Immune blockade of the PD-1/PD-L1 interaction by monoclonal antibodies can restore the antitumor activity of cytotoxic T cells.11 PD-1–blocking antibodies (nivolumab and pembrolizumab) produced durable objective responses and improved overall survival (OS) in patients with solid tumors12-15 and hematologic malignancies, including HL.8

NHL and MM are characterized by the neoplastic transformation and proliferation of normal lymphocytes and plasma cells, respectively. Patients with these diseases who experience a relapse after initial treatment or autologous stem cell transplantation (SCT) generally have a poor prognosis. Nivolumab (OPDIVO; Bristol-Myers Squibb, Princeton, NJ) is a fully human immunoglobulin G4 monoclonal antibody that targets the membrane PD-1 receptor on T cells and potentiates T-cell activity. This study evaluated the safety of nivolumab in patients with various hematologic malignancies. The integrity of the PD-L1 and PD-L2 loci and the expression of PD-L1 and PD-L2 proteins were also examined among a subset of patients with biopsy tissue available for analyses.

METHODS

Patients

This study was conducted in accordance with International Conference on Harmonisation Good Clinical Practice guidelines16 and approved by the institutional review board of an independent ethics committee at each center. All patients provided written informed consent before enrollment on the basis of the ethical principles outlined in the Declaration of Helsinki.17 For this phase I, open-label, dose-escalation, cohort-expansion study, patients with relapsed or refractory HL, NHL, and MM were eligible if they were age 18 years or older, had an Eastern Cooperative Oncology Group performance status of 0 or 1 with detectable or measurable disease, and had received at least one prior chemotherapy regimen. Patients with CNS involvement, concomitant secondary malignancies, active autoimmune disease, prior organ allograft or allogeneic SCT, prior treatment with immune checkpoint antibodies or concurrent treatment with receptor activator of nuclear factor-κB ligand inhibitors were excluded. Results for the patients with HL have been reported separately.8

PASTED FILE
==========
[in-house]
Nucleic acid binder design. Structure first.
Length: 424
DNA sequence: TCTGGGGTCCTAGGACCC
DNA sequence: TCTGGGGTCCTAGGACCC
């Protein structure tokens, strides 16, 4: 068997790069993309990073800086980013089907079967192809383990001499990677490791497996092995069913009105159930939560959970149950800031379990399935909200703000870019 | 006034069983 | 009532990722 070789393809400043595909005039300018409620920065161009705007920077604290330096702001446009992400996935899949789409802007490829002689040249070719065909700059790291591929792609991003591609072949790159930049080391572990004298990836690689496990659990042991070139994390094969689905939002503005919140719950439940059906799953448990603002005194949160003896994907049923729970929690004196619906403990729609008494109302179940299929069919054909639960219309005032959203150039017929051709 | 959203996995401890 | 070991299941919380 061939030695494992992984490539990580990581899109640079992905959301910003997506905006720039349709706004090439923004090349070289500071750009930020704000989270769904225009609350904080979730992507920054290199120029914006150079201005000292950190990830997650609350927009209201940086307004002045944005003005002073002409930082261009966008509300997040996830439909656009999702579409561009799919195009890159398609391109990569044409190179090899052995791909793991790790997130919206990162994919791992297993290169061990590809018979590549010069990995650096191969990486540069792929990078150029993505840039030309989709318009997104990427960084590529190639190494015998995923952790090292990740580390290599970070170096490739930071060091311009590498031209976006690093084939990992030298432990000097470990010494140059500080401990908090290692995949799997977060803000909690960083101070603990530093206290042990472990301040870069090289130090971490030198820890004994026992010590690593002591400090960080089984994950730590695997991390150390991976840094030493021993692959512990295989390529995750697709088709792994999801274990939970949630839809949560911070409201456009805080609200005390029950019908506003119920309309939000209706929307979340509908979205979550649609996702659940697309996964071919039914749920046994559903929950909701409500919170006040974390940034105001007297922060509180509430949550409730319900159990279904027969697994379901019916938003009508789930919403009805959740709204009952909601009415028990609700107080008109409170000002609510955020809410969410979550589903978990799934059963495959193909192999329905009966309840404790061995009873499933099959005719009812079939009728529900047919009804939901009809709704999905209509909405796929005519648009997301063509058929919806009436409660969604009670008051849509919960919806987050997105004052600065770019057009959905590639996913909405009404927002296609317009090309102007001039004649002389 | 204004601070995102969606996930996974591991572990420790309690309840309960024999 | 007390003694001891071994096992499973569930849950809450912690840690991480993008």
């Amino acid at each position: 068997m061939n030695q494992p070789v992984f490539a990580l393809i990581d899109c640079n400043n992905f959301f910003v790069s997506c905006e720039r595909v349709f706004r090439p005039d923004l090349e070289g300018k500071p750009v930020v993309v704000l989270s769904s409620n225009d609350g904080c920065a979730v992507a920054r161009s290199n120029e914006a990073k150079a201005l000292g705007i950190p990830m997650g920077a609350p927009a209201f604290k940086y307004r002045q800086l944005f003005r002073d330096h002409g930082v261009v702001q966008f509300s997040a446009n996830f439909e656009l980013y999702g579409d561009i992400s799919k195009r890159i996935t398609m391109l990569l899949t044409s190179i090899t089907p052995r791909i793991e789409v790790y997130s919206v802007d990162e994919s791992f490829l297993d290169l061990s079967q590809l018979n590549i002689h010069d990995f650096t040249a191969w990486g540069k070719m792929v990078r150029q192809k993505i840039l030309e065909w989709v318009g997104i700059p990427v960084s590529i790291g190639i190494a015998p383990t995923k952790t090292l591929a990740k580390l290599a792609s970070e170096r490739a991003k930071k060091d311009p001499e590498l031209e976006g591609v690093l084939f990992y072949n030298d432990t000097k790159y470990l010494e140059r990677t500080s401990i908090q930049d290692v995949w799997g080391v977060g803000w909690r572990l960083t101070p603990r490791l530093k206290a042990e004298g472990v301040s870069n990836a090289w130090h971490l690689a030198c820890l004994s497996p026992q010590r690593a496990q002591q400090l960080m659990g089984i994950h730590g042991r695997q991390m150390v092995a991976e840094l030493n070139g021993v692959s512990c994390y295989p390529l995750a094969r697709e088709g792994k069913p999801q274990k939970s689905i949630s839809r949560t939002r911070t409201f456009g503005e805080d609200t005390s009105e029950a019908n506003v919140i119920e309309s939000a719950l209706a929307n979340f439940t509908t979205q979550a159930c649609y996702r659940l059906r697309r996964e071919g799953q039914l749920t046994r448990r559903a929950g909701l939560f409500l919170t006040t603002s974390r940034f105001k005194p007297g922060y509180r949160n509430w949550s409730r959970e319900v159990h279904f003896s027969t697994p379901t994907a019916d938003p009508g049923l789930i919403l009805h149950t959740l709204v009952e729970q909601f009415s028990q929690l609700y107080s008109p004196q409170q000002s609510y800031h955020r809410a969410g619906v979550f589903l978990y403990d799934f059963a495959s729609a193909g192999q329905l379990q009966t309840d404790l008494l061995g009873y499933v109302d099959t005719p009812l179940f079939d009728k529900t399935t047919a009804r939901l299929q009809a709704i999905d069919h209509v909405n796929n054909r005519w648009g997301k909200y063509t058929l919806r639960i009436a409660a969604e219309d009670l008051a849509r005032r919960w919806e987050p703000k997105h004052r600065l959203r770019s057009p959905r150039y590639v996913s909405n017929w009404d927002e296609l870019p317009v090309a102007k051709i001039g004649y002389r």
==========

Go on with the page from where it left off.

Treatment and Monitoring

During the dose-escalation portion of the study, eligible patients were treated with nivolumab 1 or 3 mg/kg administered as a 1-h infusion at weeks 1 and 4 and then every 2 weeks for up to 2 years, unless patients experienced disease progression or excessive toxicity or achieved a complete response (CR). Patients who discontinued treatment with ongoing response or stable disease (SD) could be retreated with nivolumab for confirmed disease progression that occurred within 1 year. The dose for the cohort expansion was selected on the basis of the safety determination from the dose-escalation portion of the trial. Because the maximum tolerated dose of nivolumab was not reached at the highest protocol-specified dose, patients in the cohort expansion were treated with nivolumab 3 mg/kg.